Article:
Collective Action to Address Water Security

Collective Action & Water Funds (2021)

The third article in this three-part series from The Nature Conservancy focuses on how Water Funds can be used by businesses to address water risk via collective action.

Primary Functions

  • Learn about Water Funds and how businesses can use them to to address water risk via collective action.
  • Understand challenges that stakeholders face when participating in a Water Fund.

Detailed Description


This article is Part III in a new series from The Nature Conservancy that focuses on collective action and nature-based solutions for water security. Part III outlines how a Water Fund can address water risk via collective action and shows some of the challenges stakeholders face when participating in a Water Fund. 

Water Funds unite the public and private sectors and civil society around the common goal of securing water for communities by protecting natural water systems in a way that promotes sustainable economic development.

The Water Fund model — spearheaded initially by The Nature Conservancy, but now taken up by an increasing number of partners — looks to improve water governance via on-the-ground interventions that benefit both nature and people.

Water funds help to make sense of and manage the significant complexities associated with water risk and nature-based source water protection. The model offers business a template for a collective effort that connects them with multiple groups to manage and finance improvements in water security. For business, this means that, over time, the burden of investing in water security is shared with others.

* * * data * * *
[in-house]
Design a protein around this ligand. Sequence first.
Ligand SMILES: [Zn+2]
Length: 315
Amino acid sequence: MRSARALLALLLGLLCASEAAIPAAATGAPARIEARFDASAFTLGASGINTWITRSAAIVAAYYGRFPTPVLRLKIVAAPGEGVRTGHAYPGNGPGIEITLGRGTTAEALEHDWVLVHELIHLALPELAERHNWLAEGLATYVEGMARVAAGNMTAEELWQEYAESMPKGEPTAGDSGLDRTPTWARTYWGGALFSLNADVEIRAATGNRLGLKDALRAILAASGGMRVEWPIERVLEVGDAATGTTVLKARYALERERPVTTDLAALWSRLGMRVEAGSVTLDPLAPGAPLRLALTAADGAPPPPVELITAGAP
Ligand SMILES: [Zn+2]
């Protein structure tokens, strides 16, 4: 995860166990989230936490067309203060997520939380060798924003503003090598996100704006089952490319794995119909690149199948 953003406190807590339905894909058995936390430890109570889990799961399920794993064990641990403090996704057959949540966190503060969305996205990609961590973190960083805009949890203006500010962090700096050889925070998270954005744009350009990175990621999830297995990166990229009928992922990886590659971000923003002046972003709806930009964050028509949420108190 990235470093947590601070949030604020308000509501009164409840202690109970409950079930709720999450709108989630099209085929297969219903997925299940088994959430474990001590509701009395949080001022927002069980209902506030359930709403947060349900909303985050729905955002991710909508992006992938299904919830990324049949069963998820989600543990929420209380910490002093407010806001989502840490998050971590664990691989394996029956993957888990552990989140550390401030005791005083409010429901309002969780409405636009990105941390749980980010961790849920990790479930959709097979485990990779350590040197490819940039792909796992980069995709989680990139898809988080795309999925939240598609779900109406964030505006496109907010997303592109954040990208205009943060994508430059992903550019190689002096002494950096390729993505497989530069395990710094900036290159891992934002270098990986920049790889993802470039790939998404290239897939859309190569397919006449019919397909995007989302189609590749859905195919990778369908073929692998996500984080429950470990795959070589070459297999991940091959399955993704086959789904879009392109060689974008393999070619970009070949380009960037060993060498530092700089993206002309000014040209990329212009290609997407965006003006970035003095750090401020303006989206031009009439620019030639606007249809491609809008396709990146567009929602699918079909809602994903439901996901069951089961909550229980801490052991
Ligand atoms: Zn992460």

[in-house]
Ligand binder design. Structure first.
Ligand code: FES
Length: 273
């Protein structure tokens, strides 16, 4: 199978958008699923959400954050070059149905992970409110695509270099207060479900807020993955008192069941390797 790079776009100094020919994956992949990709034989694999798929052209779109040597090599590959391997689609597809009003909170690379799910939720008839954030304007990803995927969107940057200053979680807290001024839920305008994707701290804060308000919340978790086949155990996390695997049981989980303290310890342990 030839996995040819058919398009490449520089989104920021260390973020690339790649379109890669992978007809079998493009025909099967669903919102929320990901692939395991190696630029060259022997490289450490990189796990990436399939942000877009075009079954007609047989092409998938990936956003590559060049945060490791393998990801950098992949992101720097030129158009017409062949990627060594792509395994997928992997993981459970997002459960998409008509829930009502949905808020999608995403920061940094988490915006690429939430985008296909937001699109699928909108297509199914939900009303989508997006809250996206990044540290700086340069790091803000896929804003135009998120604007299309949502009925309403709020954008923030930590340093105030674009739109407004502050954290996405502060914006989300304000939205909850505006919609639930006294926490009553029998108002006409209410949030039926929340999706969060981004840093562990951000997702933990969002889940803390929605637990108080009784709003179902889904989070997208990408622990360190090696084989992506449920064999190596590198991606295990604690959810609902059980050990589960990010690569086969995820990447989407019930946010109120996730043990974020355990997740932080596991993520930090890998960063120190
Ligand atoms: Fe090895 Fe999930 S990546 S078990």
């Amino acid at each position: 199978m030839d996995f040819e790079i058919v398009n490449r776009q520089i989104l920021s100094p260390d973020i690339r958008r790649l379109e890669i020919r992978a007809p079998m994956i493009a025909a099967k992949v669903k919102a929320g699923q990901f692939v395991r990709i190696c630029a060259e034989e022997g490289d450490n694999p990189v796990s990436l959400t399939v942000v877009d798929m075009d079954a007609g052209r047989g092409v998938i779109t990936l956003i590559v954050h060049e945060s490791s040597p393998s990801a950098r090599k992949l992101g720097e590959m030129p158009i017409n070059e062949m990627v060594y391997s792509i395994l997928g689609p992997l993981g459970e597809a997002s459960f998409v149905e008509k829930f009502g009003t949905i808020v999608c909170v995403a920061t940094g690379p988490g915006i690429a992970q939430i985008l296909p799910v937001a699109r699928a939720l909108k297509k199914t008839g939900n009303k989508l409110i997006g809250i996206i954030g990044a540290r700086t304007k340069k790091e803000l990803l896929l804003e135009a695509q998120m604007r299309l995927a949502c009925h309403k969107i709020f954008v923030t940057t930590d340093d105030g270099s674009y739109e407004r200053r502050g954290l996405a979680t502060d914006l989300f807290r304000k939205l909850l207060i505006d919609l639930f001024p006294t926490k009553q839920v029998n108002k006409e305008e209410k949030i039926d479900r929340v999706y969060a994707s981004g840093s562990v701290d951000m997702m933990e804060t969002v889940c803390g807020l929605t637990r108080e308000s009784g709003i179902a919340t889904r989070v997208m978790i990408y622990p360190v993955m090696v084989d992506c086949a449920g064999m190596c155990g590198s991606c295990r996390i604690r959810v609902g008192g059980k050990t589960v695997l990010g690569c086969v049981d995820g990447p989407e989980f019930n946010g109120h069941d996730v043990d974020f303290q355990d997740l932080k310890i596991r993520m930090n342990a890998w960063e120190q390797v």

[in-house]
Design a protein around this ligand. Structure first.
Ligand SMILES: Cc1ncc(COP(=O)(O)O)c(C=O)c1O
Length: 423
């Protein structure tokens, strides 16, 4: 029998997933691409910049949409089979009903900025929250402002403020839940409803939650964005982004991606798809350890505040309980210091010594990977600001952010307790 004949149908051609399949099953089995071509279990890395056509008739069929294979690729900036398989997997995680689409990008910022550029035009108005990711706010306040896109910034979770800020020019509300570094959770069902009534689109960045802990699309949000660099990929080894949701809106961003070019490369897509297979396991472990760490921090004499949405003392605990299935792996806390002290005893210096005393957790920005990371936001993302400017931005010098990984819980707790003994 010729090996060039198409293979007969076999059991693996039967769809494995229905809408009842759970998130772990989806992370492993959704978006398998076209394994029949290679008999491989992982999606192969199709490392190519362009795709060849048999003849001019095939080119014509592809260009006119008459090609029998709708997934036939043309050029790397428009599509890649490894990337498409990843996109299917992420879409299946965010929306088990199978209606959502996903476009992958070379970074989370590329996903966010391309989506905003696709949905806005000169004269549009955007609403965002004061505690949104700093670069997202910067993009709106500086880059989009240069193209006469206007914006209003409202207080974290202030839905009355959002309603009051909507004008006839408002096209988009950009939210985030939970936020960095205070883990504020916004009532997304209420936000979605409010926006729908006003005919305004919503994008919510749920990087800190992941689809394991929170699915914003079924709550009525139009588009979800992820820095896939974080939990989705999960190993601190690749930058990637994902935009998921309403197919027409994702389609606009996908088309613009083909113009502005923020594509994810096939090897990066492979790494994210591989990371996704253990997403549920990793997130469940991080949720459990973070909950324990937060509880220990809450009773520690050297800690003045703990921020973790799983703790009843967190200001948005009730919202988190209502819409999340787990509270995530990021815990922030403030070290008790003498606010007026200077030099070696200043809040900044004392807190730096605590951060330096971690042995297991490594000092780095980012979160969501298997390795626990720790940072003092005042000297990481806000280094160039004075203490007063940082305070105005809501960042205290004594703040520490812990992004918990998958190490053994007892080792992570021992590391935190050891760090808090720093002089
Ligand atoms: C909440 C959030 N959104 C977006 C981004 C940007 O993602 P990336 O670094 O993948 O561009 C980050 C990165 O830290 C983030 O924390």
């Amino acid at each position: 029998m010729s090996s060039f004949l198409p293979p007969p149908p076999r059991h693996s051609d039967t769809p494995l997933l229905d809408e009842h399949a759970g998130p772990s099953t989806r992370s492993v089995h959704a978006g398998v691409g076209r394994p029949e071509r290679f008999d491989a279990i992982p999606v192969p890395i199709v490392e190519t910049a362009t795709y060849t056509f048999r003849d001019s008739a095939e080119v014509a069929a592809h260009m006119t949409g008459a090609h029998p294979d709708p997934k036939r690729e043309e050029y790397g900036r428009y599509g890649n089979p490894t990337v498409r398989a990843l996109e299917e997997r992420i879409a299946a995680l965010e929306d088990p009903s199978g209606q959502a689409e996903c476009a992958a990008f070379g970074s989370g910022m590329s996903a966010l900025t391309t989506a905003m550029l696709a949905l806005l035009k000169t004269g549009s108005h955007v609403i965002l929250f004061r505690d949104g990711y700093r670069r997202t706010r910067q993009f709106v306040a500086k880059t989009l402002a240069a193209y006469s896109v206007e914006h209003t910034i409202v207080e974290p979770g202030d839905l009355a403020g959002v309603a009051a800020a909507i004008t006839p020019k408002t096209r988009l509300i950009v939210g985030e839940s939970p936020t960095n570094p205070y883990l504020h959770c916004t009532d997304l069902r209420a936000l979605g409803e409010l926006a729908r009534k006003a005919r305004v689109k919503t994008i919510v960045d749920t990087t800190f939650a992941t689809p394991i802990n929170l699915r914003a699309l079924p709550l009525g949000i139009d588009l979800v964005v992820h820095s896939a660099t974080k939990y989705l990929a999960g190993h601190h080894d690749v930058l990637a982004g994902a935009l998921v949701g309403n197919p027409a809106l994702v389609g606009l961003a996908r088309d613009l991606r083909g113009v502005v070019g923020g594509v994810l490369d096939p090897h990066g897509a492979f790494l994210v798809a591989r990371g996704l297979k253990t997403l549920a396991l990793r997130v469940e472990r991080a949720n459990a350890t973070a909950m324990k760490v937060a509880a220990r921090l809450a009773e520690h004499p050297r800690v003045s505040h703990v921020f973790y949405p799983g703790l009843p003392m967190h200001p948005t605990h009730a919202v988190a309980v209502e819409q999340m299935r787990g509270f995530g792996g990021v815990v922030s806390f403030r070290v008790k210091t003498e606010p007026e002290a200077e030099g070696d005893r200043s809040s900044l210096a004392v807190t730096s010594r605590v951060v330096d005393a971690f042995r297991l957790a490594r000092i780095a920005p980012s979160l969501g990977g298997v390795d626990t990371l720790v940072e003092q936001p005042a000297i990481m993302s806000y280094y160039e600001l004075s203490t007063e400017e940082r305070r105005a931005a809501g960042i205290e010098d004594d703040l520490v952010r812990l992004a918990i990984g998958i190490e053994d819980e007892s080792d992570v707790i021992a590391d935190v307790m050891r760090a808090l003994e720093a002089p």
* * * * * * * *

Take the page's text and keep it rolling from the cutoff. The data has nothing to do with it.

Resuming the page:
Water Funds work with people living upstream to help them manage watersheds, improving the productivity and resilience of their lands. Water security is improved for downstream communities, cities and businesses — this supports social development and reduces economic risks. It also introduces a mechanism for the long-term financing of water security programs.

For corporate water users the interest in addressing water security unilaterally is strong. They can do this by ‘looking within their fence’ at ways to further improve water efficiency or by adjusting supply chains. However, at a certain point, such efforts may be thwarted without collective action at a larger scale. For example, an operation site may still face ‘outside the fence’ water challenges, such as water pollution or unsustainable water use from other water users in the basin.

Read more here.

Learn more by reading Part 1 and Part II.

Find the whole series here.

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WWF Mitigation

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